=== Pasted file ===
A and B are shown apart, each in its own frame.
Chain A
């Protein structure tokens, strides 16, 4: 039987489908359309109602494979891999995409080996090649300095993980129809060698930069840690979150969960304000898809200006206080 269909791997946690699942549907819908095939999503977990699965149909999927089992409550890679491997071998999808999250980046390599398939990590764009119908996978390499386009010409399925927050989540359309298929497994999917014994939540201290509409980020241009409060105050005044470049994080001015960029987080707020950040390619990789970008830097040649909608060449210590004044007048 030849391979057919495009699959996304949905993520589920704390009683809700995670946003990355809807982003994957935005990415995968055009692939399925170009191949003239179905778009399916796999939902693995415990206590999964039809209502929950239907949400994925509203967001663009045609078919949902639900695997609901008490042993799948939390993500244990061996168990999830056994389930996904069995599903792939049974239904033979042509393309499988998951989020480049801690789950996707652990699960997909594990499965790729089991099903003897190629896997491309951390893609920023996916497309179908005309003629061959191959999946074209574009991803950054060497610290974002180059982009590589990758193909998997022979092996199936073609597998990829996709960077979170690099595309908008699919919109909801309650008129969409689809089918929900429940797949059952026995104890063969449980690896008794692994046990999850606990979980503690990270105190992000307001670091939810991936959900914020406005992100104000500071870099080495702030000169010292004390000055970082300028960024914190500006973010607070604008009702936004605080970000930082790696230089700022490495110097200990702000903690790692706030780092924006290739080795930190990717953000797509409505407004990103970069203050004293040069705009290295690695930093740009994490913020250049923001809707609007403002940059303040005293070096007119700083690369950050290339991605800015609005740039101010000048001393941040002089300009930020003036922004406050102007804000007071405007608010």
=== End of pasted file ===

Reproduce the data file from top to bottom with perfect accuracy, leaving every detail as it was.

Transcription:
A and B are shown apart, each in its own frame.
Chain A
């Protein structure tokens, strides 16, 4: 039987489908359309109602494979891999995409080996090649300095993980129809060698930069840690979150969960304000898809200006206080 269909791997946690699942549907819908095939999503977990699965149909999927089992409550890679491997071998999808999250980046390599398939990590764009119908996978390499386009010409399925927050989540359309298929497994999917014994939540201290509409980020241009409060105050005044470049994080001015960029987080707020950040390619990789970008830097040649909608060449210590004044007048 030849391979057919495009699959996304949905993520589920704390009683809700995670946003990355809807982003994957935005990415995968055009692939399925170009191949003239179905778009399916796999939902693995415990206590999964039809209502929950239907949400994925509203967001663009045609078919949902639900695997609901008490042993799948939390993500244990061996168990999830056994389930996904069995599903792939049974239904033979042509393309499988998951989020480049801690789950996707652990699960997909594990499965790729089991099903003897190629896997491309951390893609920023996916497309179908005309003629061959191959999946074209574009991803950054060497610290974002180059982009590589990758193909998997022979092996199936073609597998990829996709960077979170690099595309908008699919919109909801309650008129969409689809089918929900429940797949059952026995104890063969449980690896008794692994046990999850606990979980503690990270105190992000307001670091939810991936959900914020406005992100104000500071870099080495702030000169010292004390000055970082300028960024914190500006973010607070604008009702936004605080970000930082790696230089700022490495110097200990702000903690790692706030780092924006290739080795930190990717953000797509409505407004990103970069203050004293040069705009290295690695930093740009994490913020250049923001809707609007403002940059303040005293070096007119700083690369950050290339991605800015609005740039101010000048001393941040002089300009930020003036922004406050102007804000007071405007608010």